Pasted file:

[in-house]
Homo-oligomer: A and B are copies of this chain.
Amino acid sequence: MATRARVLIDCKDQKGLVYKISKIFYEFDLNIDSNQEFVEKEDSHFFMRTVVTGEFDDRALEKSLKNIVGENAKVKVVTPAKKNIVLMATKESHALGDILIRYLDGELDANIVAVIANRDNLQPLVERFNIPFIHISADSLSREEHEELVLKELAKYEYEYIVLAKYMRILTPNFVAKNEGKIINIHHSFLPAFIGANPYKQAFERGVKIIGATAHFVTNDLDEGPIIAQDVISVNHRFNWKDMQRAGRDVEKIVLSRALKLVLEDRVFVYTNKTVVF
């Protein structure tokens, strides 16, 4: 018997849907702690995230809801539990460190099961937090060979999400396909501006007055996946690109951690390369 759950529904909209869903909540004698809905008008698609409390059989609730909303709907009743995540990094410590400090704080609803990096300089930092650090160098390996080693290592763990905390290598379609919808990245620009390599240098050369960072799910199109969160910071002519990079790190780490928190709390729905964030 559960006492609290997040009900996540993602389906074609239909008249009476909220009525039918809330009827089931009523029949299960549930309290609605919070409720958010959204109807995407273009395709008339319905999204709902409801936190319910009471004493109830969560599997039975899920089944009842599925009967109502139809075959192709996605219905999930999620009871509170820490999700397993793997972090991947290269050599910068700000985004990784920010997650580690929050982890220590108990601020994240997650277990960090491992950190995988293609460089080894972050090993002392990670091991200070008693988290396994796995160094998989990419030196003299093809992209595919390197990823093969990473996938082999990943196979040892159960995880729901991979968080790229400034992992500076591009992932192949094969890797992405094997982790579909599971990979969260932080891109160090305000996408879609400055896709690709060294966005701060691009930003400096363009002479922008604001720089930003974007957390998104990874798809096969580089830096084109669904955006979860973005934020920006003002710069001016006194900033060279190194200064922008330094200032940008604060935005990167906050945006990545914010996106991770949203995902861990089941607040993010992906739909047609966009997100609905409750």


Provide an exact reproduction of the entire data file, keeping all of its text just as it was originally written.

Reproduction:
[in-house]
Homo-oligomer: A and B are copies of this chain.
Amino acid sequence: MATRARVLIDCKDQKGLVYKISKIFYEFDLNIDSNQEFVEKEDSHFFMRTVVTGEFDDRALEKSLKNIVGENAKVKVVTPAKKNIVLMATKESHALGDILIRYLDGELDANIVAVIANRDNLQPLVERFNIPFIHISADSLSREEHEELVLKELAKYEYEYIVLAKYMRILTPNFVAKNEGKIINIHHSFLPAFIGANPYKQAFERGVKIIGATAHFVTNDLDEGPIIAQDVISVNHRFNWKDMQRAGRDVEKIVLSRALKLVLEDRVFVYTNKTVVF
């Protein structure tokens, strides 16, 4: 018997849907702690995230809801539990460190099961937090060979999400396909501006007055996946690109951690390369 759950529904909209869903909540004698809905008008698609409390059989609730909303709907009743995540990094410590400090704080609803990096300089930092650090160098390996080693290592763990905390290598379609919808990245620009390599240098050369960072799910199109969160910071002519990079790190780490928190709390729905964030 559960006492609290997040009900996540993602389906074609239909008249009476909220009525039918809330009827089931009523029949299960549930309290609605919070409720958010959204109807995407273009395709008339319905999204709902409801936190319910009471004493109830969560599997039975899920089944009842599925009967109502139809075959192709996605219905999930999620009871509170820490999700397993793997972090991947290269050599910068700000985004990784920010997650580690929050982890220590108990601020994240997650277990960090491992950190995988293609460089080894972050090993002392990670091991200070008693988290396994796995160094998989990419030196003299093809992209595919390197990823093969990473996938082999990943196979040892159960995880729901991979968080790229400034992992500076591009992932192949094969890797992405094997982790579909599971990979969260932080891109160090305000996408879609400055896709690709060294966005701060691009930003400096363009002479922008604001720089930003974007957390998104990874798809096969580089830096084109669904955006979860973005934020920006003002710069001016006194900033060279190194200064922008330094200032940008604060935005990167906050945006990545914010996106991770949203995902861990089941607040993010992906739909047609966009997100609905409750």